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Bruins fail to make things difficult for Carey Price in Game 1 loss 04.14.11 at 11:26 pm ET
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On paper, it would appear the Bruins dominated Thursday night’s Game 1 but just happened to run into a hot goaltending performance from Carey Price. After all, they outshot the Canadiens, 31-20, on the night, including 18-6 in the second period.

What the stat sheet doesn’t show, though, is how many of the Bruins’ shots came with no traffic in front, allowing Price to easily get in position and make the save.

Milan Lucic had only shot on goal Thursday. (AP)

“I don’t think we did a very good job of taking away his vision,” said Bruins coach Claude Julien. “He saw a lot of shots tonight and he saw a lot of pucks. We definitely have to get better in that area if we plan on scoring some goals.”

Of course, screening Price and getting traffic to the net is all about being willing to battle in the dirty areas. You have to be able to take a beating and win the fight for position. The Bruins didn’t appear willing to do that Thursday night, even when they had the chance to.

“I think for the most part, we were there and had those opportunities to be in front of the net,” Brad Marchand said. “We were just standing off to the side a bit, looking for tips. The opportunity is there to get in front of his eyes. We just have to do that.”

Julien agreed with his forward that his team simply didn’t work hard enough to get to those areas.

“It’s pretty obvious, I think. There’s no secret here,” Julien said. “If you’re going to score goals on that goaltender, you need to take away his vision, and we didn’t do a good enough job of that. We were all around the net, but we weren’t in front.”

Those problems carried over to the power play, too. The Bruins struggled to get set up on the man advantage early in the game, but they did a better job of possessing the puck and creating some chances as the game went on.

But as was the case at even strength, Price was able to track pretty much every shot. In several instances, the Bruins delayed shooting the puck in the hopes that someone would get to the net for a screen, deflection or rebound, but it rarely came. When they did pull the trigger, Price was able to easily cover or his defensemen were able to easily clear away the rebound.

“Again, same old, same old,” Julien said. “We had some great shots, but we didn’t do a very good job in front of the net with the screens, with the loose pucks, and weren’t able to capitalize.”

The Bruins were happy with a lot of other aspects of their game Thursday night — Marchand even said they “have to play the exact same way” in Saturday’s Game 2 — but they know they’ll need to make things tougher for Price and not rely on him making mistakes if they’re going to win the series.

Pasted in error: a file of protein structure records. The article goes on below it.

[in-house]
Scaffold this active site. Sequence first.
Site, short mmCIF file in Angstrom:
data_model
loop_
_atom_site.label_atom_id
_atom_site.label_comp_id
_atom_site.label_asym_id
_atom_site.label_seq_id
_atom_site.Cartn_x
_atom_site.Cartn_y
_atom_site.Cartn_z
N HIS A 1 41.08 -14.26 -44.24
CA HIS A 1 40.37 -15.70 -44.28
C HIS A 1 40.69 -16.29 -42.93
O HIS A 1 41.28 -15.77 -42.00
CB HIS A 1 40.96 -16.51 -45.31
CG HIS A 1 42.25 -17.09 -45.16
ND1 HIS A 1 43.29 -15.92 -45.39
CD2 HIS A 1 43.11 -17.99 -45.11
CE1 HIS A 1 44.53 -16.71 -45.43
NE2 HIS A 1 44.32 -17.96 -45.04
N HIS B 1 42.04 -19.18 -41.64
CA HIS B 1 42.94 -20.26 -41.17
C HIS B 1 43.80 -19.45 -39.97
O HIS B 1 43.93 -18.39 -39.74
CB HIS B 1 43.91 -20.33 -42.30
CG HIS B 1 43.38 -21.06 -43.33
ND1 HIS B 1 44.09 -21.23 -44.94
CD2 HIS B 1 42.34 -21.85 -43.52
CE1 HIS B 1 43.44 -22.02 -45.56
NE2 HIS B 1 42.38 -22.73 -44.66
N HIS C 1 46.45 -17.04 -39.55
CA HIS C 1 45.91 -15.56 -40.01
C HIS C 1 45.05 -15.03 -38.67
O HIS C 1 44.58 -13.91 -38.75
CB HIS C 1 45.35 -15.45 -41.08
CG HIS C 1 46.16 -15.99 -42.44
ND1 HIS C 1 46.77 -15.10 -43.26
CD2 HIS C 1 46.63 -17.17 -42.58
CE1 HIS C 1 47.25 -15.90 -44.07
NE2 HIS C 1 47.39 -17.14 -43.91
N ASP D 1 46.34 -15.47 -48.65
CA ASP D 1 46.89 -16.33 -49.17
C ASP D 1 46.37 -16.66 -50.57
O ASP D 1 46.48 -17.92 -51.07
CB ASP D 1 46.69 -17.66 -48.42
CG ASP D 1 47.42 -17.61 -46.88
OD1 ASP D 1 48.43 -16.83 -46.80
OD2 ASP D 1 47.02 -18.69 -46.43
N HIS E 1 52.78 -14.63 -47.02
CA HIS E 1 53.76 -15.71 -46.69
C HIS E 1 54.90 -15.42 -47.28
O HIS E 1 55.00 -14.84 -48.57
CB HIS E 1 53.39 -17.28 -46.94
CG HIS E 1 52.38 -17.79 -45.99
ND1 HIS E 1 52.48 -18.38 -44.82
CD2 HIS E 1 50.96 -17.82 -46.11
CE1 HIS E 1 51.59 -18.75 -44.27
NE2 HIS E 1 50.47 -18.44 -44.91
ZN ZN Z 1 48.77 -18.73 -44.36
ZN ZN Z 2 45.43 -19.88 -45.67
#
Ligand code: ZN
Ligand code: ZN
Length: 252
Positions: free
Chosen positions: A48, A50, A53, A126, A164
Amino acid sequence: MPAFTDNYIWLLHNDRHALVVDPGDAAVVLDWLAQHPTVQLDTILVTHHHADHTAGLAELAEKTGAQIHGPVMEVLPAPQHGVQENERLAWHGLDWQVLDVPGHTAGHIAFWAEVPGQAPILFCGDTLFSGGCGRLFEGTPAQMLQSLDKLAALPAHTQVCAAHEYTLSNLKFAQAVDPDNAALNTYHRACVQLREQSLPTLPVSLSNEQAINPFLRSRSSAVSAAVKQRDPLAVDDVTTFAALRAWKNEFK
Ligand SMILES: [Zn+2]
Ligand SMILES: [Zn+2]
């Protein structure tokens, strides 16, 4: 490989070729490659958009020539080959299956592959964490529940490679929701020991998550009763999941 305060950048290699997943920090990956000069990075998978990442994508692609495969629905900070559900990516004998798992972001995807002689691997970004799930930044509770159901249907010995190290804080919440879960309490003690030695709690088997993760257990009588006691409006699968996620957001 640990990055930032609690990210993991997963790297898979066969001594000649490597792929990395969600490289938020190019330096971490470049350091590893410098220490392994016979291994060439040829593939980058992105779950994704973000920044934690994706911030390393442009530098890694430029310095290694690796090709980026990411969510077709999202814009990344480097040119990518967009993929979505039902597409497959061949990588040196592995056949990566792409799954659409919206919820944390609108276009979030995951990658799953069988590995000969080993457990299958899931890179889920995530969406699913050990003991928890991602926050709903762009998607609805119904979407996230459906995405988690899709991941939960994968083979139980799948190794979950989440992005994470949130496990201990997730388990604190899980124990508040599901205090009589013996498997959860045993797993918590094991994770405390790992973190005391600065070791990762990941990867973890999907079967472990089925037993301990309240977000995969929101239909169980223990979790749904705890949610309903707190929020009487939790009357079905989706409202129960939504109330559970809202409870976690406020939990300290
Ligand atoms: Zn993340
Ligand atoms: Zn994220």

“He’s a good goalie, yes, but we’ve got to make sure we have traffic in front of him,” Patrice Bergeron said. “He’s going to make those stops if he sees it, and that’s all.”

Read More: 2011 Stanley Cup Playoffs, Brad Marchand, Carey Price, Patrice Bergeron
Tim Thomas gets start Saturday, aims for record 04.09.11 at 12:23 pm ET
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In what will likely be his final start of the regular season, Tim Thomas looks to break the NHL’s single-season save percentage record Saturday afternoon against the Senators. Through 56 games thus far, Thomas’ save percentage stands at .9376, .001 ahead of Dominik Hasek‘s record-setting mark of .9366 in 1998-99.

Before Saturday’s game, coach Claude Julien said he’s focused more on just making sure Thomas is ready for the playoffs than he is on the record.

“He seems to be feeling good,” Julien said. “He’s realized that he’s forced his game a little bit, especially the game in New York [on Monday], but other than that, I think he’s been pretty steady for us all year. He feels well-rested, he feels good and he feels ready to get into the playoffs.”

Julien made a couple changes to the lineup for Saturday’s game, giving both Patrice Bergeron and Dennis Seidenberg the day off. This will be the first game Seidenberg has missed all season. Tyler Seguin will take Bergeron’s place as the second-line center, while Shane Hnidy will fill in for Seidenberg on the blue line.

Read More: Claude Julien, Dennis Seidenberg, Patrice Bergeron, Tim Thomas
Tim Thomas, Shawn Thornton among those to pick up Bruins awards 04.06.11 at 7:12 pm ET
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The Bruins gave out their regular season awards prior to Wednesday night’s game. They are as follows:

Eddie Shore Award (exceptional hustle and determination): Shawn Thornton

Elizabeth Dufresne Award (outstanding performance in home games): Tim Thomas

John Bucyk Award (greatest off-ice charitable contributions): Andrew Ference

Three stars:

1. Tim Thomas
2. Patrice Bergeron
3. Milan Lucic

Read More: Andrew Ference, Milan Lucic, Patrice Bergeron, Shawn Thornton
Brad Marchand having a ‘pretty insane time’ playing with Patrice Bergeron and Mark Recchi, winning awards 04.02.11 at 8:50 pm ET
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Talk about quite the rookie ride. It’s been Brad Marchand – not Tyler Seguin – everyone one is talking about and scouting for that matter, as a first-year Bruin heading into the playoffs.